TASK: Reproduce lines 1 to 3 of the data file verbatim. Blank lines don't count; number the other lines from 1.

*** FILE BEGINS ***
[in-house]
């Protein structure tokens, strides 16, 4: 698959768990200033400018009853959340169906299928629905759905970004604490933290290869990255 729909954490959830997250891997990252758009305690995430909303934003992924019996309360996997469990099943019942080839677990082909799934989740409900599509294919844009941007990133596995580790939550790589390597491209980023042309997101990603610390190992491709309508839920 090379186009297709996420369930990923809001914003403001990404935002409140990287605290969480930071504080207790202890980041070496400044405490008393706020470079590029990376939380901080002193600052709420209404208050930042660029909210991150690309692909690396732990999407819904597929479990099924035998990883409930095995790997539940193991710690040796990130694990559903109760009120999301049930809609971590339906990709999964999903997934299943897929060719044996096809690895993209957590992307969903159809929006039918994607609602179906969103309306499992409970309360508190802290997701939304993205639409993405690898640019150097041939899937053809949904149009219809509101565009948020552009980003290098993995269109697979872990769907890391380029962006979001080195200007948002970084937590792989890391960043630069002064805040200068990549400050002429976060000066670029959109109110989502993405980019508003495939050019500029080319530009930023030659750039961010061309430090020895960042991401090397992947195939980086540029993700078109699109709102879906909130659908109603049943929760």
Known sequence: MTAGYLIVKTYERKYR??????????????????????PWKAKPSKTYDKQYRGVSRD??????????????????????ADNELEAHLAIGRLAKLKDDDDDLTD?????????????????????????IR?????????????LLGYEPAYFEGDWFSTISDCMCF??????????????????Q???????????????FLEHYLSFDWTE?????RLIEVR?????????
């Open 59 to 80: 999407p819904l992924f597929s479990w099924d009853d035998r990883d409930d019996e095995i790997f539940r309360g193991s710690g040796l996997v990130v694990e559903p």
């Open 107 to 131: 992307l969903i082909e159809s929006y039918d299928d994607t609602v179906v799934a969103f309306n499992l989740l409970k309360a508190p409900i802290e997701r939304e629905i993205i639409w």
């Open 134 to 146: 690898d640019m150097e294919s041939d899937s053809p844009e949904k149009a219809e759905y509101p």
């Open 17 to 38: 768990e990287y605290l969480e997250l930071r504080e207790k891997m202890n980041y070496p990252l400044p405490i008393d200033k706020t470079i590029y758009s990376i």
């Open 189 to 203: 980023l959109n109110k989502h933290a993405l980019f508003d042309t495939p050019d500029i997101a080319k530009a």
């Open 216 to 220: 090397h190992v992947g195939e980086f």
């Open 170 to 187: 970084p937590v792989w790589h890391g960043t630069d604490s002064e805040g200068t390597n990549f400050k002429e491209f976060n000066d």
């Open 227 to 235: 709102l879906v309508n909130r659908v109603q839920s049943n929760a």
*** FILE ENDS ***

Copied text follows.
[in-house]
């Protein structure tokens, strides 16, 4: 698959768990200033400018009853959340169906299928629905759905970004604490933290290869990255 729909954490959830997250891997990252758009305690995430909303934003992924019996309360996997469990099943019942080839677990082909799934989740409900599509294919844009941007990133596995580790939550790589390597491209980023042309997101990603610390190992491709309508839920 090379186009297709996420369930990923809001914003403001990404935002409140990287605290969480930071504080207790202890980041070496400044405490008393706020470079590029990376939380901080002193600052709420209404208050930042660029909210991150690309692909690396732990999407819904597929479990099924035998990883409930095995790997539940193991710690040796990130694990559903109760009120999301049930809609971590339906990709999964999903997934299943897929060719044996096809690895993209957590992307969903159809929006039918994607609602179906969103309306499992409970309360508190802290997701939304993205639409993405690898640019150097041939899937053809949904149009219809509101565009948020552009980003290098993995269109697979872990769907890391380029962006979001080195200007948002970084937590792989890391960043630069002064805040200068990549400050002429976060000066670029959109109110989502993405980019508003495939050019500029080319530009930023030659750039961010061309430090020895960042991401090397992947195939980086540029993700078109699109709102879906909130659908109603049943929760």
Known sequence: MTAGYLIVKTYERKYR??????????????????????PWKAKPSKTYDKQYRGVSRD??????????????????????ADNELEAHLAIGRLAKLKDDDDDLTD?????????????????????????IR?????????????LLGYEPAYFEGDWFSTISDCMCF??????????????????Q???????????????FLEHYLSFDWTE?????RLIEVR?????????